My favorite comes from Steven Stolman, a former employee at Lilly Pulitzer, who recalled Lilly’s disappointment when he was unable to obtain a specific print she wanted for the exhibit because the cost of obtaining it on the vintage market was outside his budget.

“A budget,” she told him, “how embarrassing.”

With the 80’s came the explosion of brands like Ralph Lauren, Lacoste, The Gap, and the prep culture that came with it. One of the best selling books of the decade The Official Preppy Handbook, which satirized what it took to be a preppy person in the 1980s, owes much of its sense of humor to Pulitzer, who’s tongue and cheek approach to fashion set the book’s tone of parodying the lifestyle of the WASP elite; the same sort of tone and texture one may find today in a Wes Anderson film.

« Lilly Pulitzer was a kind of a black sheep phenomenon within the preppy fold: the debutante turned eccentric go-getter,” Lisa Birnbach, the Handbook’s author told me. “She was a fabulous woman, but I had never really studied up on Lilly Pulitzer until I spent time with her after the publication of (my new book) True Prep in 2010.  I’ve been inspired by so many of this type, though.  They were spirited and courageous. I could spend hours reading their always-surprising obituaries. »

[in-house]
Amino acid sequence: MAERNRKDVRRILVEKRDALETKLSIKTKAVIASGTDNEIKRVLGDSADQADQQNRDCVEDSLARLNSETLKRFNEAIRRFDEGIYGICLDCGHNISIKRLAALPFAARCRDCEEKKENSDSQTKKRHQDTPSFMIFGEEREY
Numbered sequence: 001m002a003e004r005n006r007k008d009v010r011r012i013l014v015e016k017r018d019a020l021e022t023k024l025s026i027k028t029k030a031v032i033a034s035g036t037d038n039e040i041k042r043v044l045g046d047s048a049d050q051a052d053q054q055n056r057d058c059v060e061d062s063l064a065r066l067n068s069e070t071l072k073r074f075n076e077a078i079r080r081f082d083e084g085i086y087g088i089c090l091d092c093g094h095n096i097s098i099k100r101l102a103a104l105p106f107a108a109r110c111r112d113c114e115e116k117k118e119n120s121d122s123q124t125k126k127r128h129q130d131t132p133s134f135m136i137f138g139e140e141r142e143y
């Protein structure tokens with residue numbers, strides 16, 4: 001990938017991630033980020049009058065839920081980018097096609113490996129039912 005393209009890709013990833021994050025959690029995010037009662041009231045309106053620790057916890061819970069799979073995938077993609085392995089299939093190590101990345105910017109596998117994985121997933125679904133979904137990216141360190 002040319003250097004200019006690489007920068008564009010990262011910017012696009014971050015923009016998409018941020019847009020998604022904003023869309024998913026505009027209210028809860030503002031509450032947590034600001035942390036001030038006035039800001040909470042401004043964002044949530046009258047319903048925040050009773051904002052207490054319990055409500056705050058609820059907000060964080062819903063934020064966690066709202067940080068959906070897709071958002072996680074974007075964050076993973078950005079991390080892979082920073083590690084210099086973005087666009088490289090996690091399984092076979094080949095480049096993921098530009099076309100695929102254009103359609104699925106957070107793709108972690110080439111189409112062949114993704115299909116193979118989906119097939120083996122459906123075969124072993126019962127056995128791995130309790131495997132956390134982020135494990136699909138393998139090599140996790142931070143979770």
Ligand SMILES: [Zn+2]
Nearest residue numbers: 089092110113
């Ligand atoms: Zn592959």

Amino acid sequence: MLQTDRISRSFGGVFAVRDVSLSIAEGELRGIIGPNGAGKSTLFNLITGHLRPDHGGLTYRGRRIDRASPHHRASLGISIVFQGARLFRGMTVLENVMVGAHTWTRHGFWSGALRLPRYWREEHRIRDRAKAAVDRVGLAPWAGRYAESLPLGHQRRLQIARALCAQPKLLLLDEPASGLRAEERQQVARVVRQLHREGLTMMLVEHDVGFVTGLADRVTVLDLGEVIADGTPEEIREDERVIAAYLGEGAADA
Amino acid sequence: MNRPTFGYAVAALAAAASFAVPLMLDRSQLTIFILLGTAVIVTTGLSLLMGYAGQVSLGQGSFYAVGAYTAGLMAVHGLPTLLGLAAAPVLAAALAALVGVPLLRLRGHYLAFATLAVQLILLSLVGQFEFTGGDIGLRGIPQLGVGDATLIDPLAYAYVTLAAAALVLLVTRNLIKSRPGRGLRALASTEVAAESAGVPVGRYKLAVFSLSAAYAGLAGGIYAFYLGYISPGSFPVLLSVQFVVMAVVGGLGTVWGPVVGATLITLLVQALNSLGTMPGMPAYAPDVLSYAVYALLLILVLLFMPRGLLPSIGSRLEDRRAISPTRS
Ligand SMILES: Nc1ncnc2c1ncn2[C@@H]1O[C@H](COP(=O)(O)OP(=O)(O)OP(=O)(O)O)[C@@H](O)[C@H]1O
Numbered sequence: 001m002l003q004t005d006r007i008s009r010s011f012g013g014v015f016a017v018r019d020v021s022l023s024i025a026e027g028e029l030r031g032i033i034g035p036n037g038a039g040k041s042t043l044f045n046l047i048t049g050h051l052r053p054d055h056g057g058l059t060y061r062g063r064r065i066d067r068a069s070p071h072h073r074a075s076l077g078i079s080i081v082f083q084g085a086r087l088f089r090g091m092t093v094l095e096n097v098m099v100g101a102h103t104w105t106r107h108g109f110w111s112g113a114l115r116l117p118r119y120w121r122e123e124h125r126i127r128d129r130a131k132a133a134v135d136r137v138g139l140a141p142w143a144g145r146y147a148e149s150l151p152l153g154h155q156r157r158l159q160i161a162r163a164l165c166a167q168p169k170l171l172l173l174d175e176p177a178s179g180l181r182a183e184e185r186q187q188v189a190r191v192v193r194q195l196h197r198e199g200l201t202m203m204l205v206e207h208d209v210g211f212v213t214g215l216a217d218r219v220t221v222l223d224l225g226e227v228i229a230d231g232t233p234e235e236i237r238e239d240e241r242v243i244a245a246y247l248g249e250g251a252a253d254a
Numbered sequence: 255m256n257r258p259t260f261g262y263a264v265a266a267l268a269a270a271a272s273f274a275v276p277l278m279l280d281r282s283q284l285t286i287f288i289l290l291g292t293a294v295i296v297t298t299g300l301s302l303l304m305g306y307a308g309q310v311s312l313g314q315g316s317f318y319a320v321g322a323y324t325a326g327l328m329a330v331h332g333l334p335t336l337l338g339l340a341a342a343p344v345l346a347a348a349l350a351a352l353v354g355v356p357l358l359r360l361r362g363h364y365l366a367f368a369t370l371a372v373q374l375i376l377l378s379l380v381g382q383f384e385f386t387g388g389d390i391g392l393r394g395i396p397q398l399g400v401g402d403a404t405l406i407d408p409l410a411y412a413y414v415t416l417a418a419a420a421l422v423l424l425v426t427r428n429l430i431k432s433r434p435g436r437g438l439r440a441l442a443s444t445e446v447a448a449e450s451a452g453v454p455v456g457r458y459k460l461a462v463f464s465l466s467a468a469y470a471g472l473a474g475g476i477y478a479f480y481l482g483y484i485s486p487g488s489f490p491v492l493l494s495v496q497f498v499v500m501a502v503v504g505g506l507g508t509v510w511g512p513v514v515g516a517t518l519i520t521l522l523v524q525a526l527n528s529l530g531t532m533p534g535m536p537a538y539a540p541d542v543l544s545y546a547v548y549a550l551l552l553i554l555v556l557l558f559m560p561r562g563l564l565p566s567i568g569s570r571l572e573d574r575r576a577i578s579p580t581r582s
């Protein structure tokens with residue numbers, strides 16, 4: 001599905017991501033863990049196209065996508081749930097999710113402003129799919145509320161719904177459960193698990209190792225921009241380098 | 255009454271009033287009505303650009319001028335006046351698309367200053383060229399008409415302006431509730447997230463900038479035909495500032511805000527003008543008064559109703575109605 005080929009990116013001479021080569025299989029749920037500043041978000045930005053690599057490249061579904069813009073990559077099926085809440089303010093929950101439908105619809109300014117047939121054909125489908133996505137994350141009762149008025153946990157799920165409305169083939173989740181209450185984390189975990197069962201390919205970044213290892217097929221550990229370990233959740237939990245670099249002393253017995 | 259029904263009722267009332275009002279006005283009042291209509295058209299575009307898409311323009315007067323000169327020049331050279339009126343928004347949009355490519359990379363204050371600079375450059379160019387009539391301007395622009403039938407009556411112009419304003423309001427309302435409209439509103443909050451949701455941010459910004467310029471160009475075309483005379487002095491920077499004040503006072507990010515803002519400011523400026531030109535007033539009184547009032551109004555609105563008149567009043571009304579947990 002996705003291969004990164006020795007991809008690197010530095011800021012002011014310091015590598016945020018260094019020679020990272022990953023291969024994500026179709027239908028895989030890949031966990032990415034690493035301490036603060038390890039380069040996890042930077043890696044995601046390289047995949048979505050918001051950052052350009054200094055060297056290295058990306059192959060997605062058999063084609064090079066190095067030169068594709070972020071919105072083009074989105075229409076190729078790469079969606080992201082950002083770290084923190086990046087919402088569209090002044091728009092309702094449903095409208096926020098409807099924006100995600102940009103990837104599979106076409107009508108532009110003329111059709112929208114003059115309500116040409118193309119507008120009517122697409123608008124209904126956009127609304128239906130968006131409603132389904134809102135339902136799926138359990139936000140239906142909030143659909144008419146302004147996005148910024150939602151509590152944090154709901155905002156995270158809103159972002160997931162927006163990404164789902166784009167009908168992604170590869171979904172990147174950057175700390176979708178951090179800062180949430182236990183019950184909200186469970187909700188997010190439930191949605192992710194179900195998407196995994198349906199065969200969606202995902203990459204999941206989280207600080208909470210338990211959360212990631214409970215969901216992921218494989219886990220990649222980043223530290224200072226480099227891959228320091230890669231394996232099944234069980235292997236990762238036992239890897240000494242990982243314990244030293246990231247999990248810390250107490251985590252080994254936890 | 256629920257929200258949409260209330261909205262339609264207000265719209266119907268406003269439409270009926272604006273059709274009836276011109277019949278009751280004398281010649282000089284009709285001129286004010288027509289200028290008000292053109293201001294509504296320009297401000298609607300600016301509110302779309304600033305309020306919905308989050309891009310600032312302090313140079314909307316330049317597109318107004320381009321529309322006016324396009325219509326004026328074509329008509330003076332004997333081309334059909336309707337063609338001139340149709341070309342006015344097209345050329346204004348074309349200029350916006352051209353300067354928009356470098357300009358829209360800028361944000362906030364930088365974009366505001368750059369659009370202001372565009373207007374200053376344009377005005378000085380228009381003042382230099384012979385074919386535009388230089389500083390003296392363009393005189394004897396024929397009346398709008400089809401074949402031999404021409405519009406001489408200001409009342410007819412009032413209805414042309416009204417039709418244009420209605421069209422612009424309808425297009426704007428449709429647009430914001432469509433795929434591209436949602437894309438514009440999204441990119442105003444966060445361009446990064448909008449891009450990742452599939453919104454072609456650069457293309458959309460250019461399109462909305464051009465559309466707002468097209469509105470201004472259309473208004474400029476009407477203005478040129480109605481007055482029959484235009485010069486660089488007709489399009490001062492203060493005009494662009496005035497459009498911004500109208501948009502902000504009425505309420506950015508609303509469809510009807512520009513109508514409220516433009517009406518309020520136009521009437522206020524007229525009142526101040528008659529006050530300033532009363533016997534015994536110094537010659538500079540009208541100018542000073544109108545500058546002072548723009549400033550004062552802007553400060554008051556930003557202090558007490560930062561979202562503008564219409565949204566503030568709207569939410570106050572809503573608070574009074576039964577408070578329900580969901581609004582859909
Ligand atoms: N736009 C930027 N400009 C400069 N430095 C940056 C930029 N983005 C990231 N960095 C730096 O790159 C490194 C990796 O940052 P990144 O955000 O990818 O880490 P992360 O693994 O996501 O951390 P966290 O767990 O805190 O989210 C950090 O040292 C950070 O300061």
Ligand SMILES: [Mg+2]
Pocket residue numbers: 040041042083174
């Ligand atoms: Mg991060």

A large part of the current Lilly Pulitzer catalog involves accessories like agendas, cocktail tumblers, and cellphone cases; not to mention college sorority co-branding sweatshirts; each approved with its own trademark Pulitzer color scheme. The only non-colorful object it seems is a tote bag with a black and white photo of Lilly taken at the genesis of her career, running from her husband’s propeller plane arms full of fabric for her dresses.